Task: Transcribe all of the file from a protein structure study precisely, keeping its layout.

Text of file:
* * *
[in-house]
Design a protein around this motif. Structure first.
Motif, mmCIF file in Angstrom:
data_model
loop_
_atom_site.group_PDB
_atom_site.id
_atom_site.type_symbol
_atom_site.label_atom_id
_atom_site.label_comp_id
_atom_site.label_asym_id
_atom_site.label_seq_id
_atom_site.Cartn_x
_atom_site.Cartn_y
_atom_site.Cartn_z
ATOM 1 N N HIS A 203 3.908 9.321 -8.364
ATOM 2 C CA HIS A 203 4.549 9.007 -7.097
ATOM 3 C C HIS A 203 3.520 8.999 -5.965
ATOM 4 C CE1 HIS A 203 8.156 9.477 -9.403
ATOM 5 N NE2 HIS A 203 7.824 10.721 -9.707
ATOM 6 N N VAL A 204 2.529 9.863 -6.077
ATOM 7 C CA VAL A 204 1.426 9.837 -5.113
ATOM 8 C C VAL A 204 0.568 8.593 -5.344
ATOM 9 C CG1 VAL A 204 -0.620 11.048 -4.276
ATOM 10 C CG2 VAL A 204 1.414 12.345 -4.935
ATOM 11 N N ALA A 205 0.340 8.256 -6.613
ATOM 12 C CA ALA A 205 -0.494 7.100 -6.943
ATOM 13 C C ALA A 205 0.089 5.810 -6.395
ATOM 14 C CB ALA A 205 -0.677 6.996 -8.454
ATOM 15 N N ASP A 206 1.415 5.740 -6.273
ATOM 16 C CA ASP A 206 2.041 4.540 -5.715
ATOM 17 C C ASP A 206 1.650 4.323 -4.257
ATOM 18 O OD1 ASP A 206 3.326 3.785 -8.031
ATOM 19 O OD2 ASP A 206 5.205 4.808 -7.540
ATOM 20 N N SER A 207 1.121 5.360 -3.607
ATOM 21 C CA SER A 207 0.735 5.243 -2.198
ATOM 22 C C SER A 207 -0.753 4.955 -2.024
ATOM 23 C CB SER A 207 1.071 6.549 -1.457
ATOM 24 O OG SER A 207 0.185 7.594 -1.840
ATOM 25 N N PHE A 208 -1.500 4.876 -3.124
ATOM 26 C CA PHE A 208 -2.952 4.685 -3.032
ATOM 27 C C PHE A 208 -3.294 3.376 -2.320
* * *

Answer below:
[in-house]
Design a protein around this motif. Structure first.
Motif, mmCIF file in Angstrom:
data_model
loop_
_atom_site.group_PDB
_atom_site.id
_atom_site.type_symbol
_atom_site.label_atom_id
_atom_site.label_comp_id
_atom_site.label_asym_id
_atom_site.label_seq_id
_atom_site.Cartn_x
_atom_site.Cartn_y
_atom_site.Cartn_z
ATOM 1 N N HIS A 203 3.908 9.321 -8.364
ATOM 2 C CA HIS A 203 4.549 9.007 -7.097
ATOM 3 C C HIS A 203 3.520 8.999 -5.965
ATOM 4 C CE1 HIS A 203 8.156 9.477 -9.403
ATOM 5 N NE2 HIS A 203 7.824 10.721 -9.707
ATOM 6 N N VAL A 204 2.529 9.863 -6.077
ATOM 7 C CA VAL A 204 1.426 9.837 -5.113
ATOM 8 C C VAL A 204 0.568 8.593 -5.344
ATOM 9 C CG1 VAL A 204 -0.620 11.048 -4.276
ATOM 10 C CG2 VAL A 204 1.414 12.345 -4.935
ATOM 11 N N ALA A 205 0.340 8.256 -6.613
ATOM 12 C CA ALA A 205 -0.494 7.100 -6.943
ATOM 13 C C ALA A 205 0.089 5.810 -6.395
ATOM 14 C CB ALA A 205 -0.677 6.996 -8.454
ATOM 15 N N ASP A 206 1.415 5.740 -6.273
ATOM 16 C CA ASP A 206 2.041 4.540 -5.715
ATOM 17 C C ASP A 206 1.650 4.323 -4.257
ATOM 18 O OD1 ASP A 206 3.326 3.785 -8.031
ATOM 19 O OD2 ASP A 206 5.205 4.808 -7.540
ATOM 20 N N SER A 207 1.121 5.360 -3.607
ATOM 21 C CA SER A 207 0.735 5.243 -2.198
ATOM 22 C C SER A 207 -0.753 4.955 -2.024
ATOM 23 C CB SER A 207 1.071 6.549 -1.457
ATOM 24 O OG SER A 207 0.185 7.594 -1.840
ATOM 25 N N PHE A 208 -1.500 4.876 -3.124
ATOM 26 C CA PHE A 208 -2.952 4.685 -3.032
ATOM 27 C C PHE A 208 -3.294 3.376 -2.320